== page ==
The rain has a message, of a sort, hidden somewhere in the space between the air and the rooftops. Esmeralda knows the message exists, because the shape of it is all she can hear when she presses herself against the cool glass of the cottage windows, echoing through the softly flowering ivy and filling in the gaps between her fingers.
"Come away from the window," Klara says. Her reflection's feet are tucked up under her, her reflection's wrists bend in inhuman shapes as they weave her knitting needles around soft green wool.
Green like the ivy. Her reflection isn't speaking, and Esmeralda's never knew how.
"Can't," Esmeralda says, and her voice sounds distant to her own ears. She disobeys Klara so rarely now, too afraid that if she does Klara will die again and again and again and again.
But she doesn't even want to stay at the window. She just can't move away, not until she's puzzled out the insides of every droplet clinging to the window. Her breath fogs the glass, and she wonders if Klara can see the sadness in her reflection's eyes. She wants to come away.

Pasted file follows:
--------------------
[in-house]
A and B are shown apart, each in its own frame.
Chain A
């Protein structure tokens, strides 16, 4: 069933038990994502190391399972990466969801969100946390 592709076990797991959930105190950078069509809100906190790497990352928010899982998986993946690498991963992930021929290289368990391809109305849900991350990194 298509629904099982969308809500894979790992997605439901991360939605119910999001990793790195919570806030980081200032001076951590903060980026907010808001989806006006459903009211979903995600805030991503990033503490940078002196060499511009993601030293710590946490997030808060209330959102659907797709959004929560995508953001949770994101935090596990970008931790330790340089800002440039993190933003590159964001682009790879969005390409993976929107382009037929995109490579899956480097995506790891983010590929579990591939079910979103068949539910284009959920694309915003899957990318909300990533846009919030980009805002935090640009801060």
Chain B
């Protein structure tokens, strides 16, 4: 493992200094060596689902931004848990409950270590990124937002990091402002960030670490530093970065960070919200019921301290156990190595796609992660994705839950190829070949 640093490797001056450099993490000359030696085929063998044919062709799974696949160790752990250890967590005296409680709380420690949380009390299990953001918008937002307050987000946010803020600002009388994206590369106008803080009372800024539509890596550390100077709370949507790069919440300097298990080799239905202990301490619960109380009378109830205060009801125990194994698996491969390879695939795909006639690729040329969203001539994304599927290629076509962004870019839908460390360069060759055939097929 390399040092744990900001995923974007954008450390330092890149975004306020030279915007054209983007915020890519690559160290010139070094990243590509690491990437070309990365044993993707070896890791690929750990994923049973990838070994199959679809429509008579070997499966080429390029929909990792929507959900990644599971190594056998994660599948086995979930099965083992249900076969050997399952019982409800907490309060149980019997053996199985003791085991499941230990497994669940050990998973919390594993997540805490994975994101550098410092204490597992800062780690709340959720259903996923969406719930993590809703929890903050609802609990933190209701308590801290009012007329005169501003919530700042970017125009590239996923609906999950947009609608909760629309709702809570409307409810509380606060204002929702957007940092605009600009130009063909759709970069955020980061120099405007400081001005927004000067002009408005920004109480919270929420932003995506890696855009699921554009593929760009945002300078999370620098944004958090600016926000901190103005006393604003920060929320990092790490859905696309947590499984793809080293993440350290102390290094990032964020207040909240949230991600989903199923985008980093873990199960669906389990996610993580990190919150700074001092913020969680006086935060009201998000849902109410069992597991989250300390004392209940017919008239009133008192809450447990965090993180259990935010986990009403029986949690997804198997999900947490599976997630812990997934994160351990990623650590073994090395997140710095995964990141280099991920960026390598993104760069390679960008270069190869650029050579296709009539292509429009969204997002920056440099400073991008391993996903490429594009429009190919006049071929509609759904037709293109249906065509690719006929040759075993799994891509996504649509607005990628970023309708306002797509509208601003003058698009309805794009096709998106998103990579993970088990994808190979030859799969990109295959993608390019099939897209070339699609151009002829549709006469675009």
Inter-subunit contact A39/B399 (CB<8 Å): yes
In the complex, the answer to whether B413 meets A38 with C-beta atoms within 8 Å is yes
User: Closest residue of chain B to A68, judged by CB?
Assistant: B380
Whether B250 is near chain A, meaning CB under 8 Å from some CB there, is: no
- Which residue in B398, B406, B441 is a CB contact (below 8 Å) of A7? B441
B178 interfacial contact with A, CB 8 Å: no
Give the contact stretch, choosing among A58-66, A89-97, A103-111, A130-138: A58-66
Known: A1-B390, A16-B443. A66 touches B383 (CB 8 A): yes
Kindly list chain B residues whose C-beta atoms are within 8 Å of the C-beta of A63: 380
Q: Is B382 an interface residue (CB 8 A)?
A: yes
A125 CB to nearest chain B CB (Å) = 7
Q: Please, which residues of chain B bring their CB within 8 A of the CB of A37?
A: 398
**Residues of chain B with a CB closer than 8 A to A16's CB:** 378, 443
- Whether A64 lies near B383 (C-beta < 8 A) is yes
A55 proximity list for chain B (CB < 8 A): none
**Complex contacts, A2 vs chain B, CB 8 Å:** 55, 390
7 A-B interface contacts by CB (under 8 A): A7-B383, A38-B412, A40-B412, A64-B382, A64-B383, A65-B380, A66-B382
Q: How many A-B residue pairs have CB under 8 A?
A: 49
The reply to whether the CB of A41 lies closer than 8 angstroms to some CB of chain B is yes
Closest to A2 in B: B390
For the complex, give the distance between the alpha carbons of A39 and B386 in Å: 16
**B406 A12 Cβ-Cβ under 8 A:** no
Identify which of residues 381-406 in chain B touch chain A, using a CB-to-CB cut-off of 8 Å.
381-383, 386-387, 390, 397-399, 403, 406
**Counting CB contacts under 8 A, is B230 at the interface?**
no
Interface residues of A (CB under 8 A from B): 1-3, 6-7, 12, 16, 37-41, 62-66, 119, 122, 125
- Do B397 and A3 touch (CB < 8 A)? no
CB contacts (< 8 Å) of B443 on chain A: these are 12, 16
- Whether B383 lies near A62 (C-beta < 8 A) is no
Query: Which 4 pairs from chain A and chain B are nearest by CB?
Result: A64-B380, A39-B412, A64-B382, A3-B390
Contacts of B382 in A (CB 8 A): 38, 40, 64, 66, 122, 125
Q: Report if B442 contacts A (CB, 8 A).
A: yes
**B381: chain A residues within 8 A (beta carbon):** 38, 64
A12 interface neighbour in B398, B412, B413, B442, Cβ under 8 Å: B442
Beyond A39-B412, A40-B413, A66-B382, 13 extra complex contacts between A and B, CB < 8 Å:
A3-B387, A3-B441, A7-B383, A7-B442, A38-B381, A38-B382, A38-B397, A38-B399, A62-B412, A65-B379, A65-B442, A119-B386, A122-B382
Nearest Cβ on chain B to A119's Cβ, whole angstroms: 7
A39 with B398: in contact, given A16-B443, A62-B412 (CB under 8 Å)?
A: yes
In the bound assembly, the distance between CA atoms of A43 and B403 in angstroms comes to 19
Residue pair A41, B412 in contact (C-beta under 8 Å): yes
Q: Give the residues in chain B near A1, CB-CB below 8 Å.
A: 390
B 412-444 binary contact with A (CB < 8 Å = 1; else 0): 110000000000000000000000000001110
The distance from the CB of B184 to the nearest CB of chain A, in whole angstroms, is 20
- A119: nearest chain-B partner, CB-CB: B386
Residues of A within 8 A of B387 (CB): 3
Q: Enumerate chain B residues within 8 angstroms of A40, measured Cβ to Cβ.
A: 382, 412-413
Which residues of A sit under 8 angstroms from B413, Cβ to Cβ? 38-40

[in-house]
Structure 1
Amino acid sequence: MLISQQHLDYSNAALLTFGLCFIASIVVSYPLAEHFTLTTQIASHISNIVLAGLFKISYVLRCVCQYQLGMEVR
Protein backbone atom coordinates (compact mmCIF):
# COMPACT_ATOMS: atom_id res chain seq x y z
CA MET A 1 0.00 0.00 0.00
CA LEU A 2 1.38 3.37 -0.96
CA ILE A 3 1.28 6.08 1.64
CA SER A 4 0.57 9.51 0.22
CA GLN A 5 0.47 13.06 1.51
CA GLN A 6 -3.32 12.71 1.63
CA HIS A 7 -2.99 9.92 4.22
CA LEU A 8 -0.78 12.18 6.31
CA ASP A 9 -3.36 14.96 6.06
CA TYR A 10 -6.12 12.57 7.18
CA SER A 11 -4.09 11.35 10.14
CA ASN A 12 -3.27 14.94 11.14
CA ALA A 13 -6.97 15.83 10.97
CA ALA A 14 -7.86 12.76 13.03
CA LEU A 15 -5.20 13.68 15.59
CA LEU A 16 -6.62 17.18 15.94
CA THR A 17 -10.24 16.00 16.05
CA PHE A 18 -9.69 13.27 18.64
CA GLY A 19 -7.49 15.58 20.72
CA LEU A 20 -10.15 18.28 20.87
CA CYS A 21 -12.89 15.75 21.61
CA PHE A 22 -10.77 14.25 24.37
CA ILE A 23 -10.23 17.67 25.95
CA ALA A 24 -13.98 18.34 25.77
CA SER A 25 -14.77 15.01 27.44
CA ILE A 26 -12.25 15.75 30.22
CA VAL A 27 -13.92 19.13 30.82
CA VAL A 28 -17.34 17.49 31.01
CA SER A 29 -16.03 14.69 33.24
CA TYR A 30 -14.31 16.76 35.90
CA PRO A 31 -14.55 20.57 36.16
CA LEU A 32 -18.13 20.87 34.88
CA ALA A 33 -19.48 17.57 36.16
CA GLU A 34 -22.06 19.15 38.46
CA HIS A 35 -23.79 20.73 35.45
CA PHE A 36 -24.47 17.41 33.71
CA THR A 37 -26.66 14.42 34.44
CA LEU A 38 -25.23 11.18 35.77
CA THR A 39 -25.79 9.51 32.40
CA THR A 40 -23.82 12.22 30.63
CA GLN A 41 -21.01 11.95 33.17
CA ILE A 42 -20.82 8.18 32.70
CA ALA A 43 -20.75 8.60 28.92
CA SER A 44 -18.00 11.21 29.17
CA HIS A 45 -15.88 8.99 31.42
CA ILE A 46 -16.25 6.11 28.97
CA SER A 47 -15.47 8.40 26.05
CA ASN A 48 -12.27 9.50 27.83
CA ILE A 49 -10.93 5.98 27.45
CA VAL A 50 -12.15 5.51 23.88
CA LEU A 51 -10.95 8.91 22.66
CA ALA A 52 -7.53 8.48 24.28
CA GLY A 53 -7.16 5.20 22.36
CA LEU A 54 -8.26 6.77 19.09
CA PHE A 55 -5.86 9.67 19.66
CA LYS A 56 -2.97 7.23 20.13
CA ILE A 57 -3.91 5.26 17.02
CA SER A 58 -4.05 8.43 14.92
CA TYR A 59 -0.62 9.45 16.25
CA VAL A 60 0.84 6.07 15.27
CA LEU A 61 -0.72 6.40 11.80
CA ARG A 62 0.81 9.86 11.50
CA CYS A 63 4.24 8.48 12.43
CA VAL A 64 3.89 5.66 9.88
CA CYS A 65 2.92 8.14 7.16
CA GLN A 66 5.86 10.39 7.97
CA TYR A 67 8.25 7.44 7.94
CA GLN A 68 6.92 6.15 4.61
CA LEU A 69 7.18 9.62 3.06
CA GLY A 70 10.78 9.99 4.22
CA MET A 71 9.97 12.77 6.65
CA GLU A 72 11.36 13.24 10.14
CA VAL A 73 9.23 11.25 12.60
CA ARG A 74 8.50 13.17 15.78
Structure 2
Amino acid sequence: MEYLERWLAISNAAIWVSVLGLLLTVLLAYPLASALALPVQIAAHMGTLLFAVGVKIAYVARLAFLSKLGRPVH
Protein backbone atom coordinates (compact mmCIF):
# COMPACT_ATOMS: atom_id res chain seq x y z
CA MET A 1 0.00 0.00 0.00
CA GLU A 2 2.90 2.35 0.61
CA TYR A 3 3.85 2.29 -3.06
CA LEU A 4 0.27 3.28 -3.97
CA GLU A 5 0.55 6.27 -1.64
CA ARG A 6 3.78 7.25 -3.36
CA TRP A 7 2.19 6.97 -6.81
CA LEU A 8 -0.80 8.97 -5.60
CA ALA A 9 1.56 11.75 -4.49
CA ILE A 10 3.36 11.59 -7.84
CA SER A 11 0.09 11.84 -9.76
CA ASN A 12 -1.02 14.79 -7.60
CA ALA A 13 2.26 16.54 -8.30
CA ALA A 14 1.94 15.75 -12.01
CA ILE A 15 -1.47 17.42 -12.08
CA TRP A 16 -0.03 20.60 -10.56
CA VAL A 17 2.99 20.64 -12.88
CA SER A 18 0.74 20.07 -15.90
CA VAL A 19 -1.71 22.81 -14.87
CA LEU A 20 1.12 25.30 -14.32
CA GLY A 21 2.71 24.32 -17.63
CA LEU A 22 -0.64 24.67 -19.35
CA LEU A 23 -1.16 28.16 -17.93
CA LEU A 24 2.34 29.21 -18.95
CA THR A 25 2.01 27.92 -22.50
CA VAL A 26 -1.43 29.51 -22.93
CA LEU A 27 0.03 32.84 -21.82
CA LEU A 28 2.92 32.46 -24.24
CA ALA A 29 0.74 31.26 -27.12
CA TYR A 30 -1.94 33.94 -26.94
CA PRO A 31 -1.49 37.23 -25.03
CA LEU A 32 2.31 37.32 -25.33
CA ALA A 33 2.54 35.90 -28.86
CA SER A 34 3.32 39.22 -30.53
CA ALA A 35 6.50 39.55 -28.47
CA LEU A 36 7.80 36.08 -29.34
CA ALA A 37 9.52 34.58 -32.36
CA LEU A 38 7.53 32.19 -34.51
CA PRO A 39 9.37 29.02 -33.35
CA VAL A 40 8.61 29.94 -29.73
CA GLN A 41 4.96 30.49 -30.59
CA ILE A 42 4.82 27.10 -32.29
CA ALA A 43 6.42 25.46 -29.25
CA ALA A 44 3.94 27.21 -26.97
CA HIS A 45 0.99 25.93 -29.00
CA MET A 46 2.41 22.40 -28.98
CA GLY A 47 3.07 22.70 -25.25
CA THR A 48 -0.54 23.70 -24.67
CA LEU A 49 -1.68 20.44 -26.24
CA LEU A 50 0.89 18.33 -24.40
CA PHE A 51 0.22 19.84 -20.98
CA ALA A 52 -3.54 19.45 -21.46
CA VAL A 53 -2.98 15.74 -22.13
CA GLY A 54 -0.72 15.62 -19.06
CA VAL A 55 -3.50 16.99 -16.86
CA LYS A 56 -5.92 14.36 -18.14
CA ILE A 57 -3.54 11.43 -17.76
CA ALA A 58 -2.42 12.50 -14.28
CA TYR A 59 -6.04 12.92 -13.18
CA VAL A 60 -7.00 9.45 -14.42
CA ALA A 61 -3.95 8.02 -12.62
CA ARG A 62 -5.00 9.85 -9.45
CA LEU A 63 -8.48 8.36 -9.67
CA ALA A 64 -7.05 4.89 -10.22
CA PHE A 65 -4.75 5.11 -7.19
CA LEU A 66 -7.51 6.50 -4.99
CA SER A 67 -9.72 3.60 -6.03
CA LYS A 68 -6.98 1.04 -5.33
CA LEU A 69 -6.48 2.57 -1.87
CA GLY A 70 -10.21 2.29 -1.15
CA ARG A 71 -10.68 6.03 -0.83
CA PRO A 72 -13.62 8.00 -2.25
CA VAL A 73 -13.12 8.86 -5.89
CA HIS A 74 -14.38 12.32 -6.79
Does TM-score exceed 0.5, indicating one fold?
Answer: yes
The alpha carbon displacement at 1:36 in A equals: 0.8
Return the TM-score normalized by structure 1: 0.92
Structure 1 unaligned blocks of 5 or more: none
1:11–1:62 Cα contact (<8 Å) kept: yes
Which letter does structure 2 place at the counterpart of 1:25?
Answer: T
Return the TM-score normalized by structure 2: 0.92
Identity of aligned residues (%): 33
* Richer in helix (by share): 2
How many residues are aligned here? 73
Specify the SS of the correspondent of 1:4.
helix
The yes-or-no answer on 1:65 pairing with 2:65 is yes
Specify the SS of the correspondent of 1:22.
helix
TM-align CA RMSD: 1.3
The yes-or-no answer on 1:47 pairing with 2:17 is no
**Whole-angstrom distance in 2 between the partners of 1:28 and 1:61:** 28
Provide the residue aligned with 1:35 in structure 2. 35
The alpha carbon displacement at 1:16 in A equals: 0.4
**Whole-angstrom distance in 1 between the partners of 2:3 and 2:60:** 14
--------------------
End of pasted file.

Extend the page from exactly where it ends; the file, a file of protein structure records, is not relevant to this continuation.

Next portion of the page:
The ivy is coming closer, twining around her fingers, binding her to --
She flinches, at the sound -- Klara never snaps at her, never even raises her voice unless it is to scream as all skogsrå must -- and, just like that, one layer of the spell is broken. The thread of wandering ivy fractures, drifts to the ground on a twist of the wind, and Esmeralda watches as it sinks into the earth under the rain's heavy hand.
"Why is it different today?" she asks, and can't stop the plaintive note from creeping into her voice. But she can hear herself properly again. She is inside the house; the ivy is outside the glass, and the world in the window is safely in-between. "Why is --"
And then it comes to her, the day warped and woven around her thoughts so deftly she can't imagine how she missed it. Why she thought the first rain after Klara's return might be anything else.
She's danced in the rain, let it give life to the hollow homes she built in tree roots, thanked it for the way it drove others inside and left a whole world green and glittering just for her. It's given weight to her hair, made flowers spring to life under her feet, screamed in her own voice when she was loneliest. And now, she is sure, it wants something from her.
A life in return.
Esmeralda crosses the room in silence, lies on her side on the plush knitted rug at Klara's feet. Blinks raindrop-tears from her eyes and watches Klara blur away into blocks of colour. "It's because I took you back, isn't it."
Klara's smile is sad, so sad that Esmeralda is glad that in this moment she cannot see either of their reflections. "Life feeds life," she says, "And all life feels. You weren't the only one sad to lose me."
"I always get it wrong." Esmeralda bites her thumb, and the scrape of her teeth against sensitive skin does nothing to dull the pounding of the rain in her ears.